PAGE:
One evening, the discussion at one table centered on religion. Yes, a very dangerous subject to approach in a social gathering!

One woman was complaining that her church did not help members deepen their personal faith. Another woman said the main focus of the church should be serving the needs of people who are hurting. She pointed to the passage where Jesus called on his followers to feed the hungry, welcome the stranger, and care for the ill. The first woman countered with the story of Mary and Martha in which Mary, the one who sat at the feet of Jesus and soaked in his teachings, was held up as the example to follow, not Martha who was serving.

These bridge partners represent many. Some believe the emphasis should be on worship, prayer, and study; while others believe the priority must be mission and service.

But an active spiritual life includes both interior work AND outward action. The interior work is wrestling with the big questions – Who am I? What is the purpose of my life? How should I live? These are the questions we grapple with in worship, in personal prayer, and in reading and reflecting on Scripture.

However, our interior life is immature if it does not propel us to act. When we finally grasp the truth that each person is created in the image of God and we are called to love our neighbors as ourselves, we are inspired to feed people who are hungry, comfort people who suffer, stand up for people who are oppressed, and use our gifts to work for the common good.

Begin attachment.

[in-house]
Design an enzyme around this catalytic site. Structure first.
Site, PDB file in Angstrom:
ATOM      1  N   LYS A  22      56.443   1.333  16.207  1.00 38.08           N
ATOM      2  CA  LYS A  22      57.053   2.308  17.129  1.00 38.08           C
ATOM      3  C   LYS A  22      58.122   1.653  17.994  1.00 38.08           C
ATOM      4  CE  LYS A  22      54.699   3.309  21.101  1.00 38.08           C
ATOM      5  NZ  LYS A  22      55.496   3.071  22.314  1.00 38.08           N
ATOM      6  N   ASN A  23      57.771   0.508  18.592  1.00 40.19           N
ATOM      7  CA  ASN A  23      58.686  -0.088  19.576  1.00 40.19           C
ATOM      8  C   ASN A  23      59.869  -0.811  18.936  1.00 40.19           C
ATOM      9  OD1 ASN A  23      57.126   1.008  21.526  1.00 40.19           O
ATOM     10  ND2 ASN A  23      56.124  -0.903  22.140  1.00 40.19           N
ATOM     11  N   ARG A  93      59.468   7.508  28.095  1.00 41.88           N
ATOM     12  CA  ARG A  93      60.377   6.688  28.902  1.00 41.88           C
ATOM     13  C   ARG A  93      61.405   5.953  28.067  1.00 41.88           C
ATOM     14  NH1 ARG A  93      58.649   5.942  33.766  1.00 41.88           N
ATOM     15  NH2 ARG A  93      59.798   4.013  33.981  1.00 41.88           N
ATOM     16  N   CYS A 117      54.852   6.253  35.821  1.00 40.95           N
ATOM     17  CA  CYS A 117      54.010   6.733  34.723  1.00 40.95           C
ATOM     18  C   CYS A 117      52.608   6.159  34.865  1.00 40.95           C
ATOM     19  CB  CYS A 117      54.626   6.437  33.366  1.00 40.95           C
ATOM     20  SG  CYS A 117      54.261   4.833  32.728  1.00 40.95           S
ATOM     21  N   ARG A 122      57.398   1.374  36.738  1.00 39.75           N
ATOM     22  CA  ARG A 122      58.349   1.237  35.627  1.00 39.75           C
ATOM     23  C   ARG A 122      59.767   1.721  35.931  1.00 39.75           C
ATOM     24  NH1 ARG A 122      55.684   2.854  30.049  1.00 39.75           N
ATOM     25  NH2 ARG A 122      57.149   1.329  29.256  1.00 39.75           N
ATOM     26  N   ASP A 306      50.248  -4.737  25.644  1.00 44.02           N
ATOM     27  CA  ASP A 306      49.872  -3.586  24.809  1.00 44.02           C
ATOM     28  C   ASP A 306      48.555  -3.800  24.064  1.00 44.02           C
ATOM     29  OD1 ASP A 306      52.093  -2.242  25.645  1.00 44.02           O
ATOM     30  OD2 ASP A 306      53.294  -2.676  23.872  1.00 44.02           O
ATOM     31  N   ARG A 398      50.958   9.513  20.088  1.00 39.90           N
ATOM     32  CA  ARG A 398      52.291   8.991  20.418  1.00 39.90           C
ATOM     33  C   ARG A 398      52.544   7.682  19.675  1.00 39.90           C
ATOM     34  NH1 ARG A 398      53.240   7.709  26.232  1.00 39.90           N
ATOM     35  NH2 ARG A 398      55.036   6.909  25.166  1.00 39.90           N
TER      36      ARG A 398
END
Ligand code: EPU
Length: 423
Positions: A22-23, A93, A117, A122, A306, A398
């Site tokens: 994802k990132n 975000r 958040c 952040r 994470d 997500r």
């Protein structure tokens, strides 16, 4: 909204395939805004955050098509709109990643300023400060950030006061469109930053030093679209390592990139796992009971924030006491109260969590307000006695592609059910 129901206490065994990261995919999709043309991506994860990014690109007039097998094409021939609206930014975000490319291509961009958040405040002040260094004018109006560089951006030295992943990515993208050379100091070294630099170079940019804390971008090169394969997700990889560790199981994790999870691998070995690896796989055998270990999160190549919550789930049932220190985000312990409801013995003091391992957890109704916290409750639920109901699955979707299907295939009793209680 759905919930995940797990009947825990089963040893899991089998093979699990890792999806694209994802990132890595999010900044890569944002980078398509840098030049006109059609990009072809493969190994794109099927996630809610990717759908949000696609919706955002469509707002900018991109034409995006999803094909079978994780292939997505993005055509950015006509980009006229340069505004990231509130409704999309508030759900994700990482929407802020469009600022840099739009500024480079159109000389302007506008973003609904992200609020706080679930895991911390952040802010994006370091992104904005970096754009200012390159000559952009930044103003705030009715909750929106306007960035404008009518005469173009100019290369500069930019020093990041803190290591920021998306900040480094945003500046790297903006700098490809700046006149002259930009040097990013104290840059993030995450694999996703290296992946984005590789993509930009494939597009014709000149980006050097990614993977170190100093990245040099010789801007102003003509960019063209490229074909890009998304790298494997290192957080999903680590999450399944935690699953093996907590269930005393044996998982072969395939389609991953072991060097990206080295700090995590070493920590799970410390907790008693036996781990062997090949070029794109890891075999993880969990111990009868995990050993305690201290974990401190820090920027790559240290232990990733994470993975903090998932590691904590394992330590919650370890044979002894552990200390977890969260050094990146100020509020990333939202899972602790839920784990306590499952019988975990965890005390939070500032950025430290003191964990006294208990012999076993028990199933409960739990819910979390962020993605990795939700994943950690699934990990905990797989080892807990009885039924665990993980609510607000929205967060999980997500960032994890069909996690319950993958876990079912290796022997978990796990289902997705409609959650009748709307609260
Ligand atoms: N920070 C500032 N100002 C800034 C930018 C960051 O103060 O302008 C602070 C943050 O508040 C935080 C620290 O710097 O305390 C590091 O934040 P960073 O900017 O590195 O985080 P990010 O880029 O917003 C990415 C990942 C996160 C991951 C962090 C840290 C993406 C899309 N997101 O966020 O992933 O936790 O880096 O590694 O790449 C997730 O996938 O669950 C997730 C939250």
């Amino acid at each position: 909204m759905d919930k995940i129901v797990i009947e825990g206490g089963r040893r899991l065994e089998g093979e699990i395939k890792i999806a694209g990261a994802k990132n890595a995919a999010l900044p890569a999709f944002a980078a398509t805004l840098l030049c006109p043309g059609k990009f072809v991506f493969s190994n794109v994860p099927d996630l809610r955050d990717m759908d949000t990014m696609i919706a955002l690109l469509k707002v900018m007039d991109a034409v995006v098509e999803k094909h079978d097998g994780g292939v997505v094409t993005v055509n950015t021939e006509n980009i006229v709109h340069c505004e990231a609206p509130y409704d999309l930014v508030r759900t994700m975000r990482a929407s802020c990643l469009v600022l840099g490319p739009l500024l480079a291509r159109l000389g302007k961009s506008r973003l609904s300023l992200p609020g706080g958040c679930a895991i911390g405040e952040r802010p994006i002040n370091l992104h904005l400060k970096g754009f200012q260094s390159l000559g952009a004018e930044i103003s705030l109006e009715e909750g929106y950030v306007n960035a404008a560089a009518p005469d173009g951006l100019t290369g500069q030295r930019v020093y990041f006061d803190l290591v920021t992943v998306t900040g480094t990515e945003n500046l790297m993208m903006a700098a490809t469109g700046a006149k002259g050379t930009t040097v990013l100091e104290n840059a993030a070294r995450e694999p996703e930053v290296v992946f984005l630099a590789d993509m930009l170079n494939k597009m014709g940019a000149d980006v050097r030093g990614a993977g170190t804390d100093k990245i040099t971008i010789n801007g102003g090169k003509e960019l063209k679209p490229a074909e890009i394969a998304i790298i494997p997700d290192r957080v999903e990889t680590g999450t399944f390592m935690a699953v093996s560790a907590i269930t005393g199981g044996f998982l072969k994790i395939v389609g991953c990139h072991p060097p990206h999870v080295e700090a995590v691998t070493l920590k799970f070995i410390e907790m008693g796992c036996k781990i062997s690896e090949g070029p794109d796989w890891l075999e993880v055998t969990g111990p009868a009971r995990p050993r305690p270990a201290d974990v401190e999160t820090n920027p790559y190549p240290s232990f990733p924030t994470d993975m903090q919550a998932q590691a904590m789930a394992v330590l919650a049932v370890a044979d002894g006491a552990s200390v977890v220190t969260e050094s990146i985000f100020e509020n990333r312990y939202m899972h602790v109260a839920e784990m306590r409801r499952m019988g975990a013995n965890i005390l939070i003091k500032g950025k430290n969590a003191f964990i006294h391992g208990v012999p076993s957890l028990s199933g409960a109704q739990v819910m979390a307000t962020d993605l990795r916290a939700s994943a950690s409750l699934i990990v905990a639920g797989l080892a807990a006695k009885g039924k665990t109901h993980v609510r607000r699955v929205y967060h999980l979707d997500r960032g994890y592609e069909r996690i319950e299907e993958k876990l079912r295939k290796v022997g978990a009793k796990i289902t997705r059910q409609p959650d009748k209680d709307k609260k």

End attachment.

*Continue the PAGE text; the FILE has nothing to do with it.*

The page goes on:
What sort of interior work do you practice in addition to worship? Do you pray? Meditate? Reflect on scripture or other spiritual writings? Is your prayer life centered on your family's health, happiness, and security, or does it also reflect on ways you can extend yourself to the lost, the lonely, and the least?

Jesus and the prophets would retreat from the world to spend time alone with God, but it was never an end in itself. Time alone with God is time to recalibrate our soul, to discover wisdom and guidance, and to revitalize our hope. Such time is essential because God always sends us back into the world to engage the issues and problems of our day and to touch the lives of others.

How are we to relate to others and what determines our approach to the controversies and concerns we encounter? For people of faith, the scriptures are indispensable. While some passages are bound to a pre-scientific worldview and an ancient patriarchal culture, much of the Bible contains wisdom that resonates in all historical eras and reveals the kind of person God wants us to become.

The overall message of the Bible is that God loves all that God has created – the earth and all its creatures, from single-cell organisms to complex human beings. The Bible is the story of human frailties and misadventures – how people stray from God's path and the consequences that result. And it is the story of how God keeps trying to woo us back when we veer off track.

As followers of Jesus, we focus the bulk of our attention on him – especially the gospels which tell the story of his life and provide us with his teachings and ministry. However, we stunt our faith if we have scant knowledge of the prophets who came before him, because Jesus does not stand alone; he stands on the shoulders of the Jewish prophets.